SHARLTO COPLEY IN DISTRICT 9 (2009)
THE TRANSFORMATION: Man to alien
At the beginning of Neill Blomkamp's District 9, the populace of Johannesburg are unwilling to empathise with the crustacean-like aliens stranded in their city, penning them in a shanty town where they are treated as second-class citizens and live off cat food. Circumstances progress when bureaucrat Wikus (Sharlto Copley) is exposed to an alien cannister, instigating his steady conversion into a “prawn”. What's troublesome isn't Wikus' physical change but how it incites those around him into acting even less humanely than before. An equally accurate description of the transformation in District 9 would be ‘FILM TO VIVID APARTHEID ALLEGORY’.
THE CHARACTER OKKOTO-NUSHI IN PRINCESS MONONOKE (1997)
THE TRANSFORMATION: Boar god to demon
Almost all of Hayao Miyazaki's films feature instances of transmogrification, where parents turn into pigs, goldfish turn into boys, and fighter pilots turn into pig fighter pilots. Of all such shifts, however, there are few in his canon as alarming as the one that drives the conclusion of Princess Mononoke. Driven mad by a gunshot wound, the blind boar god Okkotto-nushi changes into a demon, his body consumed by tendrils of blood. Miyazaki may be most famous for creating the sleepy forest spirit Totoro, but Princess Mononoke demonstrates his gift for the abominable.
JEFF GOLDBLUM IN THE FLY (1986)
THE TRANSFORMATION: Man to fly
David Cronenberg is associated with body horror like Edgar Wright is associated with whip pans or M. Night Shyamalan is associated with squandering early promise. The most enduring of the film-maker's studies of human decay and mutation remains The Fly, which follows the slow, putrescent metamorphosis of scientist Seth Brundle (Jeff Goldblum) into the perversely grotesque ‘Brundlefly.’ The film's excellence is as much a result of its casting as the nauseating special effects, with the gangly-yet-weirdly-attractive Goldblum perfect as a Dr. Frankenstein who makes a monster out of himself. Powerful, tragic and brimming with meaning, 28-years later The Fly has lost none of its capacity to move and repulse.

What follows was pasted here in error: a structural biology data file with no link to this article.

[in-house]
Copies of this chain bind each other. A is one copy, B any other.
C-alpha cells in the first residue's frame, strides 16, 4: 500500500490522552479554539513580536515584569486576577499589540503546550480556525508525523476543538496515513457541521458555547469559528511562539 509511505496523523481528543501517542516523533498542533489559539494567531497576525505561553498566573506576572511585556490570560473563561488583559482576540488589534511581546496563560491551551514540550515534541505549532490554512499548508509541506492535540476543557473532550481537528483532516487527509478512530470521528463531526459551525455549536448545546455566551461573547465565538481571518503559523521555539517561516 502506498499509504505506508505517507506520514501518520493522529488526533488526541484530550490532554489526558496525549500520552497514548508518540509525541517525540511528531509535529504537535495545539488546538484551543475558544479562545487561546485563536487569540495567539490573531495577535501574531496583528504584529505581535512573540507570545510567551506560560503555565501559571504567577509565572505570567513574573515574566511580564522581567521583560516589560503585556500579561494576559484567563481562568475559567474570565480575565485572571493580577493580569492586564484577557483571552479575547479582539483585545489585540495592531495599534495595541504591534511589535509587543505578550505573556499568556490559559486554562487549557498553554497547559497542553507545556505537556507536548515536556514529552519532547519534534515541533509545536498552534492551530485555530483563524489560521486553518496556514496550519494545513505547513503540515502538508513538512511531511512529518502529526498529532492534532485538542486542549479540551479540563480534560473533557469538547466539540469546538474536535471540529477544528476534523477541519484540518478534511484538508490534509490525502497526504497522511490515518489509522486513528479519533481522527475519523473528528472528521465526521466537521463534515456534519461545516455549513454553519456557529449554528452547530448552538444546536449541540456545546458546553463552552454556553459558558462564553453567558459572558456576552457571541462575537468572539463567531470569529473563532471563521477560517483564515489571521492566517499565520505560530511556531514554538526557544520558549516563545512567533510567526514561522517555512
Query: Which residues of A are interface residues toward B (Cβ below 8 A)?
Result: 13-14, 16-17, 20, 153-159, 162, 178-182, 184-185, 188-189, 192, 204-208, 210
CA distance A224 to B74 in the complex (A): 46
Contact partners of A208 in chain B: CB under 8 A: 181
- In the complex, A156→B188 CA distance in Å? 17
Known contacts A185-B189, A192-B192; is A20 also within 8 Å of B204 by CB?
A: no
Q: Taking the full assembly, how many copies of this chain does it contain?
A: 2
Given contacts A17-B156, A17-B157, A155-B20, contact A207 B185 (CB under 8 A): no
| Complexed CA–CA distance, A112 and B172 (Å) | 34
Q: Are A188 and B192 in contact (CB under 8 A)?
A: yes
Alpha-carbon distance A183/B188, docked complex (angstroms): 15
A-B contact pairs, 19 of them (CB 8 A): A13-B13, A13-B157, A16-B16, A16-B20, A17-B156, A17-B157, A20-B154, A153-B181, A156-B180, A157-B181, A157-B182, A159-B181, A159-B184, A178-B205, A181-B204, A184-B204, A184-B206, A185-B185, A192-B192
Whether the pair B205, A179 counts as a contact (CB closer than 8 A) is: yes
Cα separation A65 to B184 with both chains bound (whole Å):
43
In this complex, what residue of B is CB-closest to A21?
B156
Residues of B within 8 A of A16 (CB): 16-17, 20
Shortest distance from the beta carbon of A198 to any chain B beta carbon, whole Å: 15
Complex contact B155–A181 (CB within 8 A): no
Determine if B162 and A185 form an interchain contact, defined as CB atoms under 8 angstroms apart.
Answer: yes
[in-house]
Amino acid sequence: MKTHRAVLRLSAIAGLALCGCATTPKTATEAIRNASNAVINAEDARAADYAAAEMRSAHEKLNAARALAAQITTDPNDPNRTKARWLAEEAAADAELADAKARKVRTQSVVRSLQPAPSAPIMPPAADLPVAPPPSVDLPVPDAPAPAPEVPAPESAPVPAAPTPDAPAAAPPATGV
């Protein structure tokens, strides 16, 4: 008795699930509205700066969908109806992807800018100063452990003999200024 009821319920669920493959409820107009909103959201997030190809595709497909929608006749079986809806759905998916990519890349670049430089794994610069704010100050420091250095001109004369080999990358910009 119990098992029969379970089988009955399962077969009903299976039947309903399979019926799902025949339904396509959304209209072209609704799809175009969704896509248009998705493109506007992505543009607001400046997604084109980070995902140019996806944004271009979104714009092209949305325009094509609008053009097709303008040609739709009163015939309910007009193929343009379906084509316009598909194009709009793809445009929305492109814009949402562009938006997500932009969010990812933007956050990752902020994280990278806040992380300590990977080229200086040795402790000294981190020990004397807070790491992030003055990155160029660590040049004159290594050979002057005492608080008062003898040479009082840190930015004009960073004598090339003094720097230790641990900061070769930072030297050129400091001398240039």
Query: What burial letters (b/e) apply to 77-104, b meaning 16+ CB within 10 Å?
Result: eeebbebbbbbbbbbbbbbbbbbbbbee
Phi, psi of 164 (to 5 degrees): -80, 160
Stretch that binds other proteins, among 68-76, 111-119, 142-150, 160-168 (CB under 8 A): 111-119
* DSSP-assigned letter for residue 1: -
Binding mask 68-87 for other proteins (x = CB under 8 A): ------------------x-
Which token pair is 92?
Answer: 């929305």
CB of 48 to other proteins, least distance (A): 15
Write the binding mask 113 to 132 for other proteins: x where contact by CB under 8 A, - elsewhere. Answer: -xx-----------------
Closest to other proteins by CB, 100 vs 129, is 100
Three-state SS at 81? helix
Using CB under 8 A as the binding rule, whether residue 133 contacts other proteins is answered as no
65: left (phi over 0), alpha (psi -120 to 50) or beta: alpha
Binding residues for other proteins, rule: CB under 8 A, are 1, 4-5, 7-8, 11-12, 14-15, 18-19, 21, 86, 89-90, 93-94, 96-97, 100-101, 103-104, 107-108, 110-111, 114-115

CHARLES HALLAHAN IN THE THING (1982)
THE TRANSFORMATION: Man to thing
One of the key reasons John Carpenter's remake of The Thing from Another World (1951) is so successful that it understands the uncomfortable vagueness of the word “thing”. A named antagonist has properties and capabilities that can be understood, if not easily overcome. The shape-shifting creature in The Thing, on the other hand, can be anything, or anyone. The terror it inspires comes not from any specific form but its unknowability. The lifeform's most gruesome outing occurs as the research station's doctor applies a defibrillator to Norris (Charles Hallahan). The patient's chest subsequently changes into a mouth and bites the doctor's arms off, before going through a hideous transformation into a spider-like severed head. After such bizarre and disquieting events, the only rational response is the film's most famous line: “You've got to be fucking kidding.”
NATALIE PORTMAN IN BLACK SWAN (2010)
THE TRANSFORMATION: Woman to hallucinated swan
Darren Aronofsky's heightened style of film-making has perhaps never found a more appropriate home than Black Swan, in which a vulnerable ballerina succumbs to madness and hallucinations as she chases artistic perfection. It's difficult to pinpoint specific moments that startle by themselves, although scenes of Nina (Natalie Portman) pulling thick swan hairs from her skin and her legs bending backwards have their own grisly merits. Instead, it is Aronofsky's intense delirium that unbalances the viewer, as Nina is overcome by feathery rashes, blood-filled eyes and voices that cry from mirrors, as she is transformed at a price into the role she's desperate to perform.